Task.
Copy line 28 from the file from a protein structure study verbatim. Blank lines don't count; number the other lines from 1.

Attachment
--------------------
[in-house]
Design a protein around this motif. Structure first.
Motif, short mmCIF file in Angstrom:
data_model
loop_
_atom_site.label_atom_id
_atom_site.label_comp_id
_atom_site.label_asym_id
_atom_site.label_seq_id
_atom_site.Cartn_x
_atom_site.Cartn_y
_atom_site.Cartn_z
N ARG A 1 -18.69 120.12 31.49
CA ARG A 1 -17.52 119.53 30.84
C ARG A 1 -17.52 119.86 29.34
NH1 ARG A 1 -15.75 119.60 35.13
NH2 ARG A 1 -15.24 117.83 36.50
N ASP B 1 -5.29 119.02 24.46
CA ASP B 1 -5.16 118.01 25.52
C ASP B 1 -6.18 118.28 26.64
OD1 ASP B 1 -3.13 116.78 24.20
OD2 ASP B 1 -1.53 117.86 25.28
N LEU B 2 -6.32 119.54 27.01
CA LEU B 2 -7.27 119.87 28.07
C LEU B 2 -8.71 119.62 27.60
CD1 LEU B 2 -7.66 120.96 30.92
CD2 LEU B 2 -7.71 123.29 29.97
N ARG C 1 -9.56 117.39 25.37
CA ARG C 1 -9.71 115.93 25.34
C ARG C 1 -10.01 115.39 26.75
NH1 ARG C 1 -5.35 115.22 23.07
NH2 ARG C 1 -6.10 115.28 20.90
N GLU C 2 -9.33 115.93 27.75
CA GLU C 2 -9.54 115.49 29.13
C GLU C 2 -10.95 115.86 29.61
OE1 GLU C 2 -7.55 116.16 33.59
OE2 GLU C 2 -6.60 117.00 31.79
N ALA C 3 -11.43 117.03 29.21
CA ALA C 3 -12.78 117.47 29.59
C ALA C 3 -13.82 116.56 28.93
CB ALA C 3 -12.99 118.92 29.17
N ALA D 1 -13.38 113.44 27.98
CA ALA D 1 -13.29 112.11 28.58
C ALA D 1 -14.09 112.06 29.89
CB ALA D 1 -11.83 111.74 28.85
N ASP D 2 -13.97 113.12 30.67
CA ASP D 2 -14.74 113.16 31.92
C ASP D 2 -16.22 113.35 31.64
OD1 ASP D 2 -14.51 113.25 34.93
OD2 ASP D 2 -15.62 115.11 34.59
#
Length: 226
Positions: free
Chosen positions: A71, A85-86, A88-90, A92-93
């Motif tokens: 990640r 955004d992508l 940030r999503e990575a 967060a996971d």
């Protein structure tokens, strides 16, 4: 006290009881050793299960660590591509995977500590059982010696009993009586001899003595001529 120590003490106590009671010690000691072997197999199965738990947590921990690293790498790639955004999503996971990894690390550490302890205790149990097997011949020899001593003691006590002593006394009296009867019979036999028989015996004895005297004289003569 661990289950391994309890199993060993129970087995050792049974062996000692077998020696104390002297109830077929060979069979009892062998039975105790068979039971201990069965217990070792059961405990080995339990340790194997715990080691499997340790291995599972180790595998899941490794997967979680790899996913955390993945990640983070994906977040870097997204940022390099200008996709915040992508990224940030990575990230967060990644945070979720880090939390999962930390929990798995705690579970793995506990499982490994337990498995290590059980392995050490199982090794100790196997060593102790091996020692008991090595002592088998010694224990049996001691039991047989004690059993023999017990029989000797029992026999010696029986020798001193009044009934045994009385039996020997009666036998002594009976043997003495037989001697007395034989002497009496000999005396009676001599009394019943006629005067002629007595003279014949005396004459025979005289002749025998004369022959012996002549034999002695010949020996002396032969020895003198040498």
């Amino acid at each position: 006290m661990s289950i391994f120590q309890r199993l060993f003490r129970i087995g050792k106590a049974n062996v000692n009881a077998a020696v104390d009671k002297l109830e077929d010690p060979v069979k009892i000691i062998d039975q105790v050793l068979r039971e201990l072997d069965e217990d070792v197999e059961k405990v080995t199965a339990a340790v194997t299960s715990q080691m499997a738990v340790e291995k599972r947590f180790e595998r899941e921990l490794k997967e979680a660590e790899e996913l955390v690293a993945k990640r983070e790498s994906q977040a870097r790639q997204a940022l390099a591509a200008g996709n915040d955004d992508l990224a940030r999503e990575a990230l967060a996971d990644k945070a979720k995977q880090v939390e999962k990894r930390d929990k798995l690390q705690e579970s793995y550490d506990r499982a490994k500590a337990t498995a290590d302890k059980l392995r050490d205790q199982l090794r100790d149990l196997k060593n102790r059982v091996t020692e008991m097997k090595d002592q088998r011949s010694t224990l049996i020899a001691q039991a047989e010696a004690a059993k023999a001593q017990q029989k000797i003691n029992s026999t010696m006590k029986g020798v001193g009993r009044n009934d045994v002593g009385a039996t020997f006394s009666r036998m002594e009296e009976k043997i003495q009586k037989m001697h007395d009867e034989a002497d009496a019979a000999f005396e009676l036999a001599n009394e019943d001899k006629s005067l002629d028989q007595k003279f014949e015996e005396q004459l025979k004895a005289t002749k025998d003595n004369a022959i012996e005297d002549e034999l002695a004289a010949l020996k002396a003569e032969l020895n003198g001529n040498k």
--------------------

N ARG C 1 -9.56 117.39 25.37